In an ideal world, warehouse processes run like clockwork. But in reality, unforeseen events may occur requiring immediate intervention. For these cases, you should decide to implement management by exception functionality before unforeseen events occur. Management by exception functionality is often developed on a custom basis since exceptions depend on the type of warehouse, your terms of doing business with your clients, and even the ​​warehouse floor space.

Exceptions that aren’t adequately addressed can have far-reaching implications for the whole supply chain. For instance, for late food shipments, goods may be spoiled and the warehouse held liable. A WMS might detect exceptions in shipment delay and allow managers to set rules and make decisions using exception-based management functionality. The goal of management by exception functionality is to identify situations that deviate from the norm and warn competent managers to fix problems in emergency mode.

Management by exception functionality might be implemented in any module of your existing WMS, such as picking, packing, or inventory. Before implementing this functionality, our experts will study your warehouse processes and determine the most probable unexpected situations so you can quickly handle them using software.

Of course, this isn’t all the advanced functionality that might improve your WMS. Each logistics company has unique characteristics that are sometimes not fully covered by existing WMS solutions. That’s why before determining which additional functionality your system might need, we conduct thorough business analysis and offer a customized solution.

Read also: What Role a Business Analyst Plays at Yalantis

Help users easily adapt to your WMS

Creating a positive WMS user experience requires an individual approach. For instance, if warehouse owners apply several third-party modules to form a WMS system, one solution could be to combine all those modules into a single system and create a single interface from scratch. Besides this, to ensure a smooth transition to new software, it’s important to provide your staff with a familiar user experience.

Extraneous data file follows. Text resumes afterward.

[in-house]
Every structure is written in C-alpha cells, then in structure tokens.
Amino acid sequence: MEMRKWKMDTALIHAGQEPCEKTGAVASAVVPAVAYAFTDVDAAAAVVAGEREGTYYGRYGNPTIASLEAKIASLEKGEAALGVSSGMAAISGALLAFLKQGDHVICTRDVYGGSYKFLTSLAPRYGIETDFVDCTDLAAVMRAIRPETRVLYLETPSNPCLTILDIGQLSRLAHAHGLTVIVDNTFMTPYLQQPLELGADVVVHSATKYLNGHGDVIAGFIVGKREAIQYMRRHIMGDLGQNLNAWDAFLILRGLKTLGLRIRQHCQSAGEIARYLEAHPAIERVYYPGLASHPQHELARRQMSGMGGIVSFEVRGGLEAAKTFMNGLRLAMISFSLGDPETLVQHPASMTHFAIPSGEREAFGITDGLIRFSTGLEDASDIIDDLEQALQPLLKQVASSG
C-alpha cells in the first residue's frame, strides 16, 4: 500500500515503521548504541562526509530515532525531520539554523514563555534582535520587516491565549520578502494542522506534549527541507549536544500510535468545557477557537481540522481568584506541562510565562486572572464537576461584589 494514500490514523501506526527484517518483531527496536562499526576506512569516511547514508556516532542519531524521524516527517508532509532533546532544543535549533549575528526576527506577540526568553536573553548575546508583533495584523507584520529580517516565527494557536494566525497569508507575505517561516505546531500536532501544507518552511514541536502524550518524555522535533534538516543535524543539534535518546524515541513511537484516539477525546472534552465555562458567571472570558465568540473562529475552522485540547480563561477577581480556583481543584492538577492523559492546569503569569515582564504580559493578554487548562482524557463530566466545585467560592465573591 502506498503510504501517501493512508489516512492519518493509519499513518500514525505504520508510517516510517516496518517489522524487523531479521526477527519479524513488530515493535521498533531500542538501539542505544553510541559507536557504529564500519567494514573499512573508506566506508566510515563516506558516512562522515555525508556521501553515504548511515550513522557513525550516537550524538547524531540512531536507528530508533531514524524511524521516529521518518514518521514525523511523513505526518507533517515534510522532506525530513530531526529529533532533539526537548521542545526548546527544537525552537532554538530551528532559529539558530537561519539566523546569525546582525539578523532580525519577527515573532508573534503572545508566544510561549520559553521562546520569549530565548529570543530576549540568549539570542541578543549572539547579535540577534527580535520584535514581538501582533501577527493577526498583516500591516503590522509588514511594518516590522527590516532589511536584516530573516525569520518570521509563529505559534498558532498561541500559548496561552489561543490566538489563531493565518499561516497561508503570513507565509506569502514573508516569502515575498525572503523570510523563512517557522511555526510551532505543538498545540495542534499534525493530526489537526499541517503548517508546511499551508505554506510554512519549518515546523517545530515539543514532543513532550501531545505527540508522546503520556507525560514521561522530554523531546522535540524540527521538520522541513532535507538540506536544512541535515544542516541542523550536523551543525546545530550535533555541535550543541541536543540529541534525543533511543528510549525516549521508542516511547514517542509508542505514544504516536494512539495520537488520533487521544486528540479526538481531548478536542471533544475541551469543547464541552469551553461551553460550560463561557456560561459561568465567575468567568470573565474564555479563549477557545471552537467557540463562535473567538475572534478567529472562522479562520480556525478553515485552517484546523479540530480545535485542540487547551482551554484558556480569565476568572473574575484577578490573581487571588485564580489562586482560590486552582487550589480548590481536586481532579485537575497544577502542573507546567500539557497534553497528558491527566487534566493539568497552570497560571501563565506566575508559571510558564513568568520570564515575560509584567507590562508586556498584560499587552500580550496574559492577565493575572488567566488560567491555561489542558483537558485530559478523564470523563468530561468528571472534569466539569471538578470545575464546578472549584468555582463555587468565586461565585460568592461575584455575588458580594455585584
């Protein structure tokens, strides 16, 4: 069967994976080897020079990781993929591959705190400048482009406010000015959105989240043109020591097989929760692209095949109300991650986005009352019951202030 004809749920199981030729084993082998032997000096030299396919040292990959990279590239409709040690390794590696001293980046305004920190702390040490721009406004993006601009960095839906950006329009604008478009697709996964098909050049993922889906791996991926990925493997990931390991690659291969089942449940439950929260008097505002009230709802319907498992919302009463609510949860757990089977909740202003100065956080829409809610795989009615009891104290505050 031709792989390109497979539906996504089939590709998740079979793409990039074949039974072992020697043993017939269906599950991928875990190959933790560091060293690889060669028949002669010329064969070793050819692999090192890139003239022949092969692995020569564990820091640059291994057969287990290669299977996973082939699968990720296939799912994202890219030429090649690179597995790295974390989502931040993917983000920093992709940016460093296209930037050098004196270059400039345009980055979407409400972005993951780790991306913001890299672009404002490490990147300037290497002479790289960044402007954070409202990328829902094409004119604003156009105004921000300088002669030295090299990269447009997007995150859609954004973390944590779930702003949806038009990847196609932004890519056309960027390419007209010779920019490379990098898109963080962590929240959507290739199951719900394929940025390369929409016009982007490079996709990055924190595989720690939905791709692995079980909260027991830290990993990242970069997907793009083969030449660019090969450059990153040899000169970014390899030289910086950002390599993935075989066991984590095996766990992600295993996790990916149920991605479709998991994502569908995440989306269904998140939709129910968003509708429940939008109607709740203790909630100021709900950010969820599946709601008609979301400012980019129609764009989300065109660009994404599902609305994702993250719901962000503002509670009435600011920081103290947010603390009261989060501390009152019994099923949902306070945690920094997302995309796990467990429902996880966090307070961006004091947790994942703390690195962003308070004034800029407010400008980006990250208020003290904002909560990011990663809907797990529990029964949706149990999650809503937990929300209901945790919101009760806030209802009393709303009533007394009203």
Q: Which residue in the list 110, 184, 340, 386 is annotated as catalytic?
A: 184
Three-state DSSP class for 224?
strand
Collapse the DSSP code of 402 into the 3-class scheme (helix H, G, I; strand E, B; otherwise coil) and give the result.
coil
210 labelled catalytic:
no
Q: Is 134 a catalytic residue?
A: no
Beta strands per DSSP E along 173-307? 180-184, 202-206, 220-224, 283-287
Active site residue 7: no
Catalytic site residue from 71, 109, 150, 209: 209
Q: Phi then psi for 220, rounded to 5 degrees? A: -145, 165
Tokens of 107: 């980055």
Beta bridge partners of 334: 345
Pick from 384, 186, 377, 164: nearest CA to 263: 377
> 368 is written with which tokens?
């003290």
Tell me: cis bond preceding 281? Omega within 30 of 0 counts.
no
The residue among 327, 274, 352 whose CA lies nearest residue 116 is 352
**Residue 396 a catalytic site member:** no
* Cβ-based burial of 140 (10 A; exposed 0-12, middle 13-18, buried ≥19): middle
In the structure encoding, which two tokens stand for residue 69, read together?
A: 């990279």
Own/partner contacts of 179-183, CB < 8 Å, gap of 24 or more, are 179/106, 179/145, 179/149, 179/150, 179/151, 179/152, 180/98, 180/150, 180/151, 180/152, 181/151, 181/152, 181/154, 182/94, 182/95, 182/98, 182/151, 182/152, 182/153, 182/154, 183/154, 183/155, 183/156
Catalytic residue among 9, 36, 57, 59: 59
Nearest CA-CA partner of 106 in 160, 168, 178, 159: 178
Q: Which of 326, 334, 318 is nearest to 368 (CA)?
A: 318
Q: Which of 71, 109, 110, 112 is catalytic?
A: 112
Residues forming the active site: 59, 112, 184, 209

When a client comes to Yalantis with a similar problem, our experts research all platforms the client previously used. Based on our research, we improve usability of software. For example, if a warehouse manager has to switch from one module to another to dispatch goods (from a cargo picking to shipping module, say), our task will be to make both processes visible on the same screen. 

As a result, we not only develop a single unified system that provides users with simple functionality and an intuitive user flow but also provide users with a familiar user experience to ensure seamless onboarding.

As a rule, after a development company combines modules into a single WMS, they must conduct online tutorials and provide user guides to train workers on how to interact with the system.

According to Adrian Kumar, the Head of Operations Science and Analytics at DHL, a unified system is especially important when a company hires temporary employees during seasonal peaks. By passing instructions to new employees, you facilitate the onboarding process and ensure smooth warehouse operations with minimal human errors.

Scale your WMS through a microservice architecture

Your existing WMS may lack the capacity to increase the number of managed modules. This may lead to serious bottlenecks and delays in order fulfillment as your business grows. To avoid this, most logistics companies are abandoning monolithic software in favor of microservice architectures.

A microservice platform is a constructor with a set of functions or modules. The biggest advantage of a microservice architecture is the ease with which you can scale software. Obsolete systems created on monolithic platforms are limited in this regard. Deciding to add a new module to a monolithic WMS will require you to create and deploy a new version of the WMS. This, in turn, requires additional costs and testing. A microservice architecture doesn’t require you to create a new version of your WMS to add new functionality. 

With the microservice approach, you can integrate a new microservice into the existing system. Thanks to the flexibility and versatility of this approach, you leave yourself the opportunity to create new functionality or modules at any time.

For a complete picture of how Yalantis implements the microservice platform approach, take a look at the diagram below. A microservice platform consists of many separate blocks (microservices), and if our client needs to add a new block — for example, a goods inventory module — we simply create a new algorithm and then integrate it into the system as a microservice.

example of a wms microservice architecture

A microservice architecture uses APIs to easily integrate with other systems. At Yalantis, we use REST APIs so a WMS can easily integrate with other supply chain systems and bring more value to warehouse operations. Next, we look at the main systems your WMS should integrate with.

Read more about how to create a really great RESTful API

Increase the efficiency of all supply chain operations by integrating your WMS with other systems